A comprehensive history of the struggle for women's suffrage in New Zealand, including short biographies of the main people involved. In 1893, wearing white camellias meant you supported women's right to vote - a red camellia in your lapel signalled the opposite. In 1893 New Zealand became the first country in the world to give ?women the vote, a milestone of which we are justly proud, but it wasn't ?easily achieved. The struggle was protracted and often bitter. The ?resolve and strength of the women involved were sorely tested, as their ?determination to have equality and the right to vote brought out the ?worst in their opponents. In LEADING THE WAY, respected historian Megan Hutching tells the story ?of this momentous event, including profiles of some of the women who ?brought about such a massive social upheaval by changing the minds and hearts of the politicians. Among them are names you will recognise, while others will be less well known. They are some of the women who helped ?our great-grandmothers put aside their aprons and become enfranchised ?citizens of this country. Their stories are an important part of our history ?as a socially progressive country, and their courage, loyalty and fierce ? belief in democracy still resonate today. Megan Hutching's most recent book was OVER THE WIDE AND TRACKLESS SEA, ?a history of women pioneers in New Zealand. Author of six books of ?oral histories of the Second World War, as part of the 'New Zealanders Remember' series, she has an abiding interest in writing about the extraordinary lives of New Zealand women.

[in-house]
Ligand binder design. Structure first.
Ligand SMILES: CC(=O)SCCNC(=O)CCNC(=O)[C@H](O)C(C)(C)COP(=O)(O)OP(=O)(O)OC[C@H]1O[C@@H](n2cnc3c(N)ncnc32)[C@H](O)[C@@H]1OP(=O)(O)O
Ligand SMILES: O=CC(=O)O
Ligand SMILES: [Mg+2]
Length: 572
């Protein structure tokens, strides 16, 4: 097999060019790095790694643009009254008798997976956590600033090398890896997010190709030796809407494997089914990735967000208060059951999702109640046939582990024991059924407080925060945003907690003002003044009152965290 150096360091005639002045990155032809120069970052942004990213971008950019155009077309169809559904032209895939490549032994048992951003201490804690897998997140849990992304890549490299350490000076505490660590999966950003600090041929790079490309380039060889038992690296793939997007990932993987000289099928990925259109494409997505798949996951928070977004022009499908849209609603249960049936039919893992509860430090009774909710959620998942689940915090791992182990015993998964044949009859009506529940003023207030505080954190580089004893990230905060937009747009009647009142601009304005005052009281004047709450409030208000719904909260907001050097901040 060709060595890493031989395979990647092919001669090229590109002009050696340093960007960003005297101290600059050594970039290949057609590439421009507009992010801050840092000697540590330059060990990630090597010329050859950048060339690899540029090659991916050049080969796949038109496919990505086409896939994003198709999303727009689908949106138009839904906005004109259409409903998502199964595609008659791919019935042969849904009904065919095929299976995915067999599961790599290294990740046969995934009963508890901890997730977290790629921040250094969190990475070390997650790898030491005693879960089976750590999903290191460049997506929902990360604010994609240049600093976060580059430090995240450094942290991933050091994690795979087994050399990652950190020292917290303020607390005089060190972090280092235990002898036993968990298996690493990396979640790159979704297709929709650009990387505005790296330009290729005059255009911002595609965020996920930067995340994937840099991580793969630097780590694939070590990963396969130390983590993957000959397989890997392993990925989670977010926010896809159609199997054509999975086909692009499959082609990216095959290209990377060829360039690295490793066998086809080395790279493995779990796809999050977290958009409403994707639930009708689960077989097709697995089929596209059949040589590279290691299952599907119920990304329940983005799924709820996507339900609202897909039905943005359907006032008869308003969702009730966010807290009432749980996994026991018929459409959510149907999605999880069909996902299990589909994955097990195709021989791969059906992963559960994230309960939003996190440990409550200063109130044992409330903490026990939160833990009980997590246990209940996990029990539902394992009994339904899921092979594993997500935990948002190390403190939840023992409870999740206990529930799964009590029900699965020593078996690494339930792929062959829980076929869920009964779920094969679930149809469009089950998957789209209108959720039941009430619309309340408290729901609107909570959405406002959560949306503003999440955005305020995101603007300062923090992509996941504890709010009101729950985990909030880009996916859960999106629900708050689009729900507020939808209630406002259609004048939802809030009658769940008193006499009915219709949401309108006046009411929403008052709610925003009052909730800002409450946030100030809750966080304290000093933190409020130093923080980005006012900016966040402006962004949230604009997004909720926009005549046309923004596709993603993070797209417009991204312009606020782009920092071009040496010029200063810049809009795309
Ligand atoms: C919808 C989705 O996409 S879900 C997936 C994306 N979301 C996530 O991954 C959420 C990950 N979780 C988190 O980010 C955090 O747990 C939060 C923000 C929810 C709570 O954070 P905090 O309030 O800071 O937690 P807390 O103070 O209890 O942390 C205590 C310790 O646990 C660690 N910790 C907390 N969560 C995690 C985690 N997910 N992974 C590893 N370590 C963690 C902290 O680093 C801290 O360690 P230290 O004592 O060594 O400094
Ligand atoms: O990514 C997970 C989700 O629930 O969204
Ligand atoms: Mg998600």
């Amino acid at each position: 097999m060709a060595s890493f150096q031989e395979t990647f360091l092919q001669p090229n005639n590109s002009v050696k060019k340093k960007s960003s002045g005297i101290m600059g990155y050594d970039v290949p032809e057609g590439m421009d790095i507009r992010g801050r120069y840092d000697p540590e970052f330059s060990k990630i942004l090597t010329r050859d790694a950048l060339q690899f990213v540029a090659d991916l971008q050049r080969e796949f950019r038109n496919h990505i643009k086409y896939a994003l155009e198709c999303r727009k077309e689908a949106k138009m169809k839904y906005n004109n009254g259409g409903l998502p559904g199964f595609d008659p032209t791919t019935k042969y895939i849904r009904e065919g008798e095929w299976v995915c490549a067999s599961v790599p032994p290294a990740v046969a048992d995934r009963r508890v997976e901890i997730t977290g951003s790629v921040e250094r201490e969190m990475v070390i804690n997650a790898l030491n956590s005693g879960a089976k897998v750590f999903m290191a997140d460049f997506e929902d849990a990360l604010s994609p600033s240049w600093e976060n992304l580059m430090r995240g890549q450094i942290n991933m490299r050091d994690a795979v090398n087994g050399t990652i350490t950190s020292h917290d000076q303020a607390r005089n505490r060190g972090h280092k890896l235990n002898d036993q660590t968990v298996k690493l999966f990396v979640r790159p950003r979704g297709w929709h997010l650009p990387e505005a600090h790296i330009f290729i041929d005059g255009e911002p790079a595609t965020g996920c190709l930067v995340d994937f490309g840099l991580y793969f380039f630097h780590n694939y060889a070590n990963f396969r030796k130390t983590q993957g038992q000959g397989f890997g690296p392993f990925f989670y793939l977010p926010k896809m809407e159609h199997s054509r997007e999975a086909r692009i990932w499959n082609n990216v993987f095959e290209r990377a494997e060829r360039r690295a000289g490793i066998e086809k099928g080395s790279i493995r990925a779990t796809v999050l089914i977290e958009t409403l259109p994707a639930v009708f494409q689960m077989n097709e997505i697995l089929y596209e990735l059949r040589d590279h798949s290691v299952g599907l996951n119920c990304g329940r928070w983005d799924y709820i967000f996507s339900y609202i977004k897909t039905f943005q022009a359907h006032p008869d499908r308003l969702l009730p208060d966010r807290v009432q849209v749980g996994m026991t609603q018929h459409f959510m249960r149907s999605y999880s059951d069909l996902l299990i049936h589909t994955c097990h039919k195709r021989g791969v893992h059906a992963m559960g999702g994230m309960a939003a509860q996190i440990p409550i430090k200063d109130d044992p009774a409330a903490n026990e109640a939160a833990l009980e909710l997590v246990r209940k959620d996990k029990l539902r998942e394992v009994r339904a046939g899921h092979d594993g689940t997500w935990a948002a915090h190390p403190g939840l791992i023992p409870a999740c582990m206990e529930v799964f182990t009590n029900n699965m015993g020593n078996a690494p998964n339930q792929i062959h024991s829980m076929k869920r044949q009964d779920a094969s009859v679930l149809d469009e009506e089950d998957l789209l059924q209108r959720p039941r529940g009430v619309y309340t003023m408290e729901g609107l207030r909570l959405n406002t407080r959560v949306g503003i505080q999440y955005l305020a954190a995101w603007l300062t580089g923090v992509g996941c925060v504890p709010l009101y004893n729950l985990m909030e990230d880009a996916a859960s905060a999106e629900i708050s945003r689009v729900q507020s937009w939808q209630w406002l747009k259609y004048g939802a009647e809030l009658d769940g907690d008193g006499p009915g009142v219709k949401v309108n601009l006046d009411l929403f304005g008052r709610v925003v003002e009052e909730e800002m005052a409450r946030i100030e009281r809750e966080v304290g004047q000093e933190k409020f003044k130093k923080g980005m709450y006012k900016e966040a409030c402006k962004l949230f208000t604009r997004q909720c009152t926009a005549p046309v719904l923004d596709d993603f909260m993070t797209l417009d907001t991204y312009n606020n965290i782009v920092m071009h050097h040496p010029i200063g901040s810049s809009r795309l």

About Megan Hutching
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Published March 5, 2010
by HarperCollins Publishers (New Zealand).
History, Political & Social Sciences.